The Commissioner of Competition has challenged a merger in which the largest hazardous waste landfill operator in north-eastern British Columbia acquired a company that had just received regulatory approval to build a competing landfill.
This is an interesting case for a number of reasons:
- It is likely an efficiencies case (i.e., a case where the Respondents raise the efficiencies defence), but one with a twist: the Respondents will argue that keeping the new landfill out of the market (by allowing the merger to stand) is more efficient than allowing it to begin to operate competitively;
- It is a “prevent” case; i.e., the alleged harm is that the merger prevents a competitor from emerging in the market – most cases have been based on an alleged substantial lessening of competition;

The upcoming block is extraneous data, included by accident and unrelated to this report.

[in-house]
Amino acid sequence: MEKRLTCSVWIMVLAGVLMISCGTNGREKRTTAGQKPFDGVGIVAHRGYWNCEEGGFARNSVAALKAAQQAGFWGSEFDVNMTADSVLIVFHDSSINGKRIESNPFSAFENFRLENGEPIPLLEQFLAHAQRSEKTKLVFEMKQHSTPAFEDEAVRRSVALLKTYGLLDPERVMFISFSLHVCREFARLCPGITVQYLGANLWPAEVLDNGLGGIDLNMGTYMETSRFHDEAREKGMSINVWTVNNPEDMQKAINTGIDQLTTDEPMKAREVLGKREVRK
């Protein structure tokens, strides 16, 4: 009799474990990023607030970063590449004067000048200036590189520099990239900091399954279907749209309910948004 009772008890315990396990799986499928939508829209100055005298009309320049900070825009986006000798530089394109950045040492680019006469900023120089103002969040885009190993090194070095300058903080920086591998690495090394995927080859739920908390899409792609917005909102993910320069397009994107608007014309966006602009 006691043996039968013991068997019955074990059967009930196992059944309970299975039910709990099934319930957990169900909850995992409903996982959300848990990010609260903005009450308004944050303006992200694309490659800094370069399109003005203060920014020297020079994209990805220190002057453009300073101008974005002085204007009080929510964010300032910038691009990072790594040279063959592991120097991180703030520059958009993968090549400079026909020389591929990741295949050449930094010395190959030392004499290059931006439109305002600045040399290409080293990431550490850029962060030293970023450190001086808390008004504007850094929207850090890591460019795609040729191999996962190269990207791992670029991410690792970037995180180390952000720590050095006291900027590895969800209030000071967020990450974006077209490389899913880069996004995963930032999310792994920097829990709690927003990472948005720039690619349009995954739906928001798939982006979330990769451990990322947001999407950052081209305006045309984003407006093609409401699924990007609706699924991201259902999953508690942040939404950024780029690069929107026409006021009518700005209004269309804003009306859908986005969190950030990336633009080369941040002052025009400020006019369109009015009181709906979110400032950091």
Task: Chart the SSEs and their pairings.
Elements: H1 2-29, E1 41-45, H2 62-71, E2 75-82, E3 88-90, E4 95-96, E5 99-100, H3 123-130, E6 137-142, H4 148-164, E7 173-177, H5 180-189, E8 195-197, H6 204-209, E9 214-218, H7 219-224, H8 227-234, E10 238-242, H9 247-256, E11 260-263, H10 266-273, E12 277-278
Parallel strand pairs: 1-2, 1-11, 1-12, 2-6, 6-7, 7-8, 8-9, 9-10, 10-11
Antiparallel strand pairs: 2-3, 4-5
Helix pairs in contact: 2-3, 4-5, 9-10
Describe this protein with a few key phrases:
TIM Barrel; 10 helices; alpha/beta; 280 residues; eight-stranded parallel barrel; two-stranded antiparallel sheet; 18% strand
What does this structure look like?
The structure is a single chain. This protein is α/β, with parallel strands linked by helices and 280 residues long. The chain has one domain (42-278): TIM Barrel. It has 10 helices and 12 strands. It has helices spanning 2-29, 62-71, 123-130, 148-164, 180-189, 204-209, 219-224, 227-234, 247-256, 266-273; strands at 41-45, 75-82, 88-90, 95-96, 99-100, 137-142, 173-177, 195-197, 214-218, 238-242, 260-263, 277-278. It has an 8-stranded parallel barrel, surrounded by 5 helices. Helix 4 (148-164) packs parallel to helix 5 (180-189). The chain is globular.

- It seeks dissolution (unwinding) of the merger as the primary remedy, with divestiture as an alternative remedy;
- It overreaches by seeking an additional remedy that is not available under the statute (an order forcing the acquirer to provide notice of proposed mergers that would not be notifiable under the Competition Act); and
- It is the first merger case in many years where the Commissioner has accepted written undertakings rather than insisting on a formal “hold separate” order.
We have prepared a note that discusses the implications of these points in more detail. Click here to read it.